But is the proposed error correction mechanism feasible? In order to answet that question, one consideration should be whether it would be logistically possible for the Federal Court of Appeal to handle several thousand written refugee appeals annually. Again, there is considerable guesswork involved, but there is evidence that it did so fairly successfully between 1989 and 1993. (149) In addition, the Federal Court does so now, as do the Circuit Courts of Appeals in the United States. (150) Nonetheless, it is very likely that the number of appellate judges will need to be greatly increased--or possibly a special division of the Federal Court of Appeal created--in order for the proposed appeal mechanism to function smoothly and without generating significant backlogs Would it be feasible for the Federal Court of Appeal to review several thousand refugee appeals sitting in panels of three and to also provide written reasons? Again, the Circuit Courts in the United States do--and one might envision a system whereby a lead judge is assigned to each appeal who, after receiving input from the test of the panel, is then charged with producing written reasons that are adequate, but brief. (151)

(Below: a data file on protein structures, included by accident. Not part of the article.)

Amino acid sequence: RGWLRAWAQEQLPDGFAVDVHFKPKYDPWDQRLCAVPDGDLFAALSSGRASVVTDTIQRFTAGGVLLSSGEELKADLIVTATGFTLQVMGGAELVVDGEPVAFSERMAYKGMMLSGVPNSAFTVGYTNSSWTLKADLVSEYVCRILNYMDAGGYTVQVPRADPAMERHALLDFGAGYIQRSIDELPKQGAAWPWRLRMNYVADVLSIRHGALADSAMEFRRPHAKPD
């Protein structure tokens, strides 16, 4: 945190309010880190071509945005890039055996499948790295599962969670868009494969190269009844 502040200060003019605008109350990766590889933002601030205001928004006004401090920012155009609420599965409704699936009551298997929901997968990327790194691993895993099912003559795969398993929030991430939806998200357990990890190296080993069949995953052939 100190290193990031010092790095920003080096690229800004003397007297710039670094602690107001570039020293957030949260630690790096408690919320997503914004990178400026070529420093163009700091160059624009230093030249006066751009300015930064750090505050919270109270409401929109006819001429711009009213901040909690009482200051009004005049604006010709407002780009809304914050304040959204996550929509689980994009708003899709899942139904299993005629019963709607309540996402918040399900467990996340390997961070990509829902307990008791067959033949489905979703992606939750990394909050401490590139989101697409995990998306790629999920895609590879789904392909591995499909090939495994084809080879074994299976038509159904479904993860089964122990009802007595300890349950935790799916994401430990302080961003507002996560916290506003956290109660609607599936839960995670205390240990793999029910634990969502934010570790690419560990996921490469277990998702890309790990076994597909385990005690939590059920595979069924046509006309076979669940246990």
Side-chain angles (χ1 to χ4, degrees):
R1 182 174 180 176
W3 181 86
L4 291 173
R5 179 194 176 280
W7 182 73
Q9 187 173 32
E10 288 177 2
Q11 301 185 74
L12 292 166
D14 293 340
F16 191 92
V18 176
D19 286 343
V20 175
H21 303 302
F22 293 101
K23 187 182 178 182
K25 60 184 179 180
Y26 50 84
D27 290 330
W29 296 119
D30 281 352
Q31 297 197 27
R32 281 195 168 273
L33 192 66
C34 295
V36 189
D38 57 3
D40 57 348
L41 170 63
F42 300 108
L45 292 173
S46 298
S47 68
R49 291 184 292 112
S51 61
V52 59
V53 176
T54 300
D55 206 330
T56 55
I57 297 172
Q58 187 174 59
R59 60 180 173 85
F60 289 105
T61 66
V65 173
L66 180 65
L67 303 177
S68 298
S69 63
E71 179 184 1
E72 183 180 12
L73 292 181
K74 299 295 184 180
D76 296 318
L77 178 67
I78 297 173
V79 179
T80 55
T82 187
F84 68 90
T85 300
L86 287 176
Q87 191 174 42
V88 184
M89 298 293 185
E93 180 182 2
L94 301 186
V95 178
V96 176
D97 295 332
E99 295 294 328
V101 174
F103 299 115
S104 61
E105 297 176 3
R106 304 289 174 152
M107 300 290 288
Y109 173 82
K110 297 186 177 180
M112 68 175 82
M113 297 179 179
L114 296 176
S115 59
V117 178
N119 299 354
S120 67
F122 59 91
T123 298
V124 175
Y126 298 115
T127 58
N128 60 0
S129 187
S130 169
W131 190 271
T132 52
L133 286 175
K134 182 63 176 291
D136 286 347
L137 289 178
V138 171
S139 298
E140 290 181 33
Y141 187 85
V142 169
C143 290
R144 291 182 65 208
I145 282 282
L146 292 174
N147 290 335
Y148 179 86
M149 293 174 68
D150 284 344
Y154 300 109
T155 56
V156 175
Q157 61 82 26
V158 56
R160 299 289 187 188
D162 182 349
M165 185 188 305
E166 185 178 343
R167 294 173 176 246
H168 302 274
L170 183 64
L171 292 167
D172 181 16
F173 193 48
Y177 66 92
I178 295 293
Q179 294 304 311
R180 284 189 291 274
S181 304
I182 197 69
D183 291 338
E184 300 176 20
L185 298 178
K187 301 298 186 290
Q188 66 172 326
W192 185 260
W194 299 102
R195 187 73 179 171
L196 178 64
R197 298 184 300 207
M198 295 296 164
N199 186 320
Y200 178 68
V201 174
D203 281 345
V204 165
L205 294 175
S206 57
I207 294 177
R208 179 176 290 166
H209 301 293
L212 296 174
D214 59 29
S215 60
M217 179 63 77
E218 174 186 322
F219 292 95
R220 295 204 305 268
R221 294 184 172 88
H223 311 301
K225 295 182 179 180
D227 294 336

In essence, what is being proposed here is a shift in the use of judicial resources: from triage of several thousand cases per year (leave applications) to merits reviews of the same cases (written appeals). While these might appear to be two quite different tasks, practical experience shows they are actually more similar than meets the eye, thus enhancing the proposal's feasibility. A leave application is a complex document consisting of the IRB's reasons, an affidavit and/or a transcript, the evidentiary and documentary record before the IRB, and memoranda of fact and law. (152) A paper appeal would involve essentially the same type of material (tribunal record and memoranda). In terms of the decisional process involved, instead of making a decision to grant or deny leave to proceed to an oral hearing on the merits as the Federal Court does, the Federal Court of Appeal would use these written materials to make a final determination instead. Furthermore, although the Federal Court judges are currently supposed to be performing a sort of triage to weed out frivolous or marginal cases that do not warrant an oral hearing, recent research suggests that they are actually already doing a merits review on paper at the leave stage in any event. (153) Accordingly, there is some reason to be optimistic about the feasibility of having the Federal Court of Appeal perform error correction in the manner outlined above. Nonetheless, as noted above, the number of appellate judges will very likely need to be substantially increased--or possibly a specialized division of the Federal Court of Appeal would need to be created. (154)